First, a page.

Ranking The 5 Best Coaches In The NBA

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No. 5: Lionel Hollins, Memphis Grizzlies

May 13, 2013; Memphis, TN, USA; Memphis Grizzlies head coach Lionel Hollins during the post game interview of game four of the second round of the 2013 NBA Playoffs against the Oklahoma City Thunder at FedEx Forum. Memphis Grizzlies defeat the Oklahoma City Thunder 103-97, and lead in the series 3-1. Mandatory Credit: Spruce Derden-USA TODAY Sports

Lionel Hollins gets my vote as the fifth-best coach in 2012-13.

Since the 2008-09 season, Hollins has a record 196-155 record as the head coach of the Memphis Grizzlies. With Hollins at the helm, the Grizzlies have seen their win column increase each year, and the 2012-13 season was no different.

With 56 wins in 2012-13, Hollins led the Grizzlies to a franchise-best campaign  Not only did they have their best regular season, but the Grizzlies also made their first Western Conference Finals appearance.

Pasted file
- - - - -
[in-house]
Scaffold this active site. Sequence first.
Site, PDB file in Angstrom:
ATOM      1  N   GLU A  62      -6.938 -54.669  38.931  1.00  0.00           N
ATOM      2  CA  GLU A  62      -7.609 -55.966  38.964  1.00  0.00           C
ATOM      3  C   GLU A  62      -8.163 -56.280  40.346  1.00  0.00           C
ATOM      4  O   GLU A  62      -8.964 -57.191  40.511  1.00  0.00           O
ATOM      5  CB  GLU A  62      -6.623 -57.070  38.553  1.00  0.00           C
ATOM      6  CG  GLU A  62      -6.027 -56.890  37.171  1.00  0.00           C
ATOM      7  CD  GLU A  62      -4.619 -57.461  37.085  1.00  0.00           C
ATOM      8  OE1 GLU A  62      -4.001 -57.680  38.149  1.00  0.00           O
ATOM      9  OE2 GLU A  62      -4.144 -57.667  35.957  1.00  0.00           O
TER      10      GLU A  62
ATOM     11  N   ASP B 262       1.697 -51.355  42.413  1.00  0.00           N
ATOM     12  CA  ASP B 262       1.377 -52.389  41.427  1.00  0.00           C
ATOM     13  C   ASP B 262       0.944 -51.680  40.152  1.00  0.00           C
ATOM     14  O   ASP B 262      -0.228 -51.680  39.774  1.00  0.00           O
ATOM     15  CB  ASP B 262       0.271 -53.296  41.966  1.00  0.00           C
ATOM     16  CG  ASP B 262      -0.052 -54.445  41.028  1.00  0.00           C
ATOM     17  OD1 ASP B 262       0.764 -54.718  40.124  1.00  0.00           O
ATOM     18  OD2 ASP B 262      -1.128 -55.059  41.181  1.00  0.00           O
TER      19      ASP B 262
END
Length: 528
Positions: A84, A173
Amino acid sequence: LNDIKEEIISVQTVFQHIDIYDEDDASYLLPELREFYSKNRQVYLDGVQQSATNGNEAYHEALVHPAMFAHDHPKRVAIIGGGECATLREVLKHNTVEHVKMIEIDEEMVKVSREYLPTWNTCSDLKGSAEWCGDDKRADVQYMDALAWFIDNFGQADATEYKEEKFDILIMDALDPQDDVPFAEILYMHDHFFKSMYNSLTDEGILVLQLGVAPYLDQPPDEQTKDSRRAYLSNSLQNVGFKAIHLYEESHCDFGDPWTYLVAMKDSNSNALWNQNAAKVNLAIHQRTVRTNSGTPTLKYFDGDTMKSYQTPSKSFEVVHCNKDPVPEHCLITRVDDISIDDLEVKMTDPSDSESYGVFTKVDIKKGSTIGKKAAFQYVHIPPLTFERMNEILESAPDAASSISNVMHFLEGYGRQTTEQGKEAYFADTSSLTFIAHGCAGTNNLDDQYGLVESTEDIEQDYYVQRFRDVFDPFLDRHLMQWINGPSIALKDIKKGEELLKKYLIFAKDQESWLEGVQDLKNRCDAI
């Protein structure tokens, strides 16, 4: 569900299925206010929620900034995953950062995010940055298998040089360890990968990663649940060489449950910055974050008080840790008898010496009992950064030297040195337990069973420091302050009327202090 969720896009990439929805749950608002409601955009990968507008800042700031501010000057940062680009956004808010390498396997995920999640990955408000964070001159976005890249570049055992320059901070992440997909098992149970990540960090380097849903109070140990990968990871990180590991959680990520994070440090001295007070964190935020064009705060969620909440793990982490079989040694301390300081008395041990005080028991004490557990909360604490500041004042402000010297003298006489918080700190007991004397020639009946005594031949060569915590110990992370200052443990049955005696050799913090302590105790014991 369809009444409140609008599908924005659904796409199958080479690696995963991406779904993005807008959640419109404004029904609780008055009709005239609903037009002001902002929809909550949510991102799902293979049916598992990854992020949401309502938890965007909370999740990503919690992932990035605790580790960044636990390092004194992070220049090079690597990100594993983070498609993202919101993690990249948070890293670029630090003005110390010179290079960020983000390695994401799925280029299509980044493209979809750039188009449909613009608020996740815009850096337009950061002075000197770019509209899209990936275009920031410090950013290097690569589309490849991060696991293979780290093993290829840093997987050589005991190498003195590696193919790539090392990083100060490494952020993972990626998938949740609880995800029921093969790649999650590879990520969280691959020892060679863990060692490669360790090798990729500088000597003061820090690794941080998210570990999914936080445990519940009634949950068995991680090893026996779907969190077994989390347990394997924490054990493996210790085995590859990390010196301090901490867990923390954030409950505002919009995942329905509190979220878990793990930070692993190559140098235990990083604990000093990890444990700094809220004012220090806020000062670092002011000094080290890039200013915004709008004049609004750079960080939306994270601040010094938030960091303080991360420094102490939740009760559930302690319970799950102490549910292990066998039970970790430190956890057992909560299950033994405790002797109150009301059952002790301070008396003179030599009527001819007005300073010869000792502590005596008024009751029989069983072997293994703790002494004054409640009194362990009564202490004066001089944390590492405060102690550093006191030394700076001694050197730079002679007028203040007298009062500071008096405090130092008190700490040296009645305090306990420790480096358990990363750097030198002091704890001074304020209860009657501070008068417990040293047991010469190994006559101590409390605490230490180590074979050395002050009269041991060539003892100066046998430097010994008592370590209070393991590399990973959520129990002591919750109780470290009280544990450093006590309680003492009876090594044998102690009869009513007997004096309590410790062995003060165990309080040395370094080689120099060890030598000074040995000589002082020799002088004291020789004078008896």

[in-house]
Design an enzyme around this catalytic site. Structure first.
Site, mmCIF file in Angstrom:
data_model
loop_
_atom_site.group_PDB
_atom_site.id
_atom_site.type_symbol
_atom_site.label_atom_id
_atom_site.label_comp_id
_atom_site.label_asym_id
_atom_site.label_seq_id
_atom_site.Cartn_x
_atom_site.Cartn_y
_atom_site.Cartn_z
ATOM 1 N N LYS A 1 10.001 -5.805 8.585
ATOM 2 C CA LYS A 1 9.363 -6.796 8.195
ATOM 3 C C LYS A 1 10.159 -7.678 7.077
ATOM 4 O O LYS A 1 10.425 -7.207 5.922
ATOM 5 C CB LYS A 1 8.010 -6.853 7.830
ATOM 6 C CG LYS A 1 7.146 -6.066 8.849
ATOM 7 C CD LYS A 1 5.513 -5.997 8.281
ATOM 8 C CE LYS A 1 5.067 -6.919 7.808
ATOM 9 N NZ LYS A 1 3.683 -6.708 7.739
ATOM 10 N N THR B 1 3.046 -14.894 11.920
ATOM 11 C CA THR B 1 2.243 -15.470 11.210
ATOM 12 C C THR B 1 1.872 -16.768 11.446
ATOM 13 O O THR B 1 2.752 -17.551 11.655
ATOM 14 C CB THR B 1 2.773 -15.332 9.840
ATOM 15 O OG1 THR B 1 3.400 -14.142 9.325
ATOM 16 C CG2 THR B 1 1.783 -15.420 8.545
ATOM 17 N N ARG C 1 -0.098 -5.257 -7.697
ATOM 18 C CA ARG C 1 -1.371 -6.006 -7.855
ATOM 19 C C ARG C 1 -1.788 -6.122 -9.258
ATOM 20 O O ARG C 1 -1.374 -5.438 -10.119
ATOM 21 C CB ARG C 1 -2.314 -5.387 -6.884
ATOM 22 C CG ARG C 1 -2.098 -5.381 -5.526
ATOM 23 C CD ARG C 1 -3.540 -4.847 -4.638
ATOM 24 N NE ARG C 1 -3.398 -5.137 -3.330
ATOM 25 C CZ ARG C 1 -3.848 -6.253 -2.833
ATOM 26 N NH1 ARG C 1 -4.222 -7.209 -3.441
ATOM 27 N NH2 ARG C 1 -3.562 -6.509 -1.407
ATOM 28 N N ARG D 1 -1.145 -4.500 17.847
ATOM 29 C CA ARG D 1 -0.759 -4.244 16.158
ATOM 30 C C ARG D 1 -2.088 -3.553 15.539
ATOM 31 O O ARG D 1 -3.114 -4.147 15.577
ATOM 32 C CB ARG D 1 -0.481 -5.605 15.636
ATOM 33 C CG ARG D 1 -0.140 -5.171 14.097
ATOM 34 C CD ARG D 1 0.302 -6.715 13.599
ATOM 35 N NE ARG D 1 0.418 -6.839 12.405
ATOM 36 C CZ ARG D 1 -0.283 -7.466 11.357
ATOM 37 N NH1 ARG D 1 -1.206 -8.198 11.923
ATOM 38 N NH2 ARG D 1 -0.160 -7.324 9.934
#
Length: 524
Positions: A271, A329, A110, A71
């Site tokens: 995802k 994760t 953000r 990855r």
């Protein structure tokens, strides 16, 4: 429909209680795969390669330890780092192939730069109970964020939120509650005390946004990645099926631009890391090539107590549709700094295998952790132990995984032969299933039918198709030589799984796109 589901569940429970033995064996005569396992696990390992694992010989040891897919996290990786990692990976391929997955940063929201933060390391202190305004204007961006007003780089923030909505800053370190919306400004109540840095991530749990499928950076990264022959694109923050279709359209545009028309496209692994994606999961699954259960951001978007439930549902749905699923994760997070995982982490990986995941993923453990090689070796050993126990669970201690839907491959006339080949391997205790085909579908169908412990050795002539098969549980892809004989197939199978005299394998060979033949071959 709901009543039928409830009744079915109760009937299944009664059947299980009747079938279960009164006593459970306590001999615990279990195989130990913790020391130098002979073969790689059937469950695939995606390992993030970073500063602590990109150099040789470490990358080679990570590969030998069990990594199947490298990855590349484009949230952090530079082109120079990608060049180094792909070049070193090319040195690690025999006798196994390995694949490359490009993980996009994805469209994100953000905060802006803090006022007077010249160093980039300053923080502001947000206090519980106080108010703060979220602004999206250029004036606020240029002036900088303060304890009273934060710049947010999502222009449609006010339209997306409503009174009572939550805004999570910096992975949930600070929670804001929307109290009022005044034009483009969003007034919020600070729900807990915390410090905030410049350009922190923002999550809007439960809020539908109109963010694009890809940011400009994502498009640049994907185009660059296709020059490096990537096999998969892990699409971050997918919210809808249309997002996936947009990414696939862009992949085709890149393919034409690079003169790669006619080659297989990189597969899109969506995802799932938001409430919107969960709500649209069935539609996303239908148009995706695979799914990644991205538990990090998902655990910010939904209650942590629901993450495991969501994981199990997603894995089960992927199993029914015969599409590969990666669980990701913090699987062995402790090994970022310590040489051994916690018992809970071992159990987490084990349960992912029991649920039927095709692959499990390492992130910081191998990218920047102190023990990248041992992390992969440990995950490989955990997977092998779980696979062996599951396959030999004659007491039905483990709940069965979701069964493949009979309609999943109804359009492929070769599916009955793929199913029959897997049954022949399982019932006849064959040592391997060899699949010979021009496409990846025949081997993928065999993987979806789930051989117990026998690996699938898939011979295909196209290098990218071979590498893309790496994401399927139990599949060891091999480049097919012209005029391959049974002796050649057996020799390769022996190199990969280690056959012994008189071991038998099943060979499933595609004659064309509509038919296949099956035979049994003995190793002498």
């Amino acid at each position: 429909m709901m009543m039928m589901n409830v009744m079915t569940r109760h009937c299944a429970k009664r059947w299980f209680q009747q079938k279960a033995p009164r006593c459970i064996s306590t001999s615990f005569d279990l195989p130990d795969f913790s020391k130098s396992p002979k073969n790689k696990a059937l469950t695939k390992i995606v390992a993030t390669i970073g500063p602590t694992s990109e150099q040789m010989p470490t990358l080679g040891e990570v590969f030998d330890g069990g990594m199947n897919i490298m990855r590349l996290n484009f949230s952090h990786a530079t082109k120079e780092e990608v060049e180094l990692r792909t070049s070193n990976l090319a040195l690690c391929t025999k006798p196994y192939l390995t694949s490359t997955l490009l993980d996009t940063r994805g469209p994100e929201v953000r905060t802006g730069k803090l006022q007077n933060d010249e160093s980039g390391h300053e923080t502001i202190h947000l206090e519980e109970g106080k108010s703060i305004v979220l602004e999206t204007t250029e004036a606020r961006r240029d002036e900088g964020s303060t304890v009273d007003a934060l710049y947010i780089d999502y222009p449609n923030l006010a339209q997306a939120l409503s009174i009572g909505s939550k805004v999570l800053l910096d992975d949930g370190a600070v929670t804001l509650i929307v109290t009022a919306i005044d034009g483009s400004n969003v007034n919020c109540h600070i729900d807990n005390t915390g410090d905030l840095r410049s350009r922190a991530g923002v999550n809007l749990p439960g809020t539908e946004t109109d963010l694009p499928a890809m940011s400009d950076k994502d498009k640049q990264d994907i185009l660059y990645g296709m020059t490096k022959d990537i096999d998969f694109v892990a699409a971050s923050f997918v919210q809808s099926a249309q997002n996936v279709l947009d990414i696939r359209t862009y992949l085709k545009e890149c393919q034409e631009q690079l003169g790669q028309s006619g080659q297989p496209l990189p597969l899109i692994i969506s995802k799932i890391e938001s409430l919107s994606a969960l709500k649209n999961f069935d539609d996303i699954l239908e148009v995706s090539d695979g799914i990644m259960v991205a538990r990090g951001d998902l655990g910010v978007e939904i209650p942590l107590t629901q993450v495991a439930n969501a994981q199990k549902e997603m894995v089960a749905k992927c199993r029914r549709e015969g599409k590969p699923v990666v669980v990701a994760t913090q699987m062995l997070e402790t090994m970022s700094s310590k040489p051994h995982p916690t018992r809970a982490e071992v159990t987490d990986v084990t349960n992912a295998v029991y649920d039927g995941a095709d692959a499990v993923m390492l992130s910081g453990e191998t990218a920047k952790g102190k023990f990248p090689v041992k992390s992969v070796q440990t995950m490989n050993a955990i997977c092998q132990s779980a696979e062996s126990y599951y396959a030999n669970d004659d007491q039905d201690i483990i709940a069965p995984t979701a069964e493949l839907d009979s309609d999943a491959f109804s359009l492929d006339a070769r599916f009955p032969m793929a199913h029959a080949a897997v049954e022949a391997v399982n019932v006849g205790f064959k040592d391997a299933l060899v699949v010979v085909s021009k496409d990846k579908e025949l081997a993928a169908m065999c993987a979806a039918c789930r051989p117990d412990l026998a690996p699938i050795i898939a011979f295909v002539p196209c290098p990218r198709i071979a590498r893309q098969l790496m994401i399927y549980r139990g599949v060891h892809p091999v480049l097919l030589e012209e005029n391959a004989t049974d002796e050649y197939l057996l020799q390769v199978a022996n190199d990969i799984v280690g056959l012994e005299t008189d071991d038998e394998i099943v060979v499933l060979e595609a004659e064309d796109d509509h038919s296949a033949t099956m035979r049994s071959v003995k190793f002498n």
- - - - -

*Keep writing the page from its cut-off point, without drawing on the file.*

Hollins did this even after trading away leading-scorer, Rudy Gay. Hollins’ ability to adapt proved too much for the the Los Angeles Clippers and Oklahoma City Thunder in the playoffs, as both teams struggled to gain any offensive momentum.

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Tags: Chicago Bulls Erik Spoelstra Golden State Warriors Gregg Popovich Lionel Hollins Memphis Grizzlies Miami Heat NBA Playoffs San Antonio Spurs Tom Thibodeau

  • discus

    Pops “after time out plays” are off the hook.

    • discus

      Spurs ends up with wide open layups (see Kawhi inbounds to TP) or wide open jumpers on those plays. Spoelstra and other coaches “after time out” plays?

      Uh, give the ball to Lebron and get out of his way. ”

      Uh, give the ball to Jordan and get out of his way. ”

      Uh, give the ball to Caramel and get out of his way. “

  • Joe Moore

    San Antonio shoots 53.4 efg% after time outs, the heat shoot 54.5%. This doesn’t include turnovers, but those “Uh, give the ball to Lebron and get out of his way,” plays are pretty effective (also that’s not all the heat do off inbounds). Often, a simple option is just as effective as a complex, intricately designed one. People criticize Spo for having the best player, but there is value in using that player’s skills.

    • John

      I completely agree. Simply having great players doesn’t result in championships. The dynasties over the past couple decades (Magic, Jordan, Shaq/Kobe, Duncan) all had hall of fame coaches at the helm leading hall of fame players.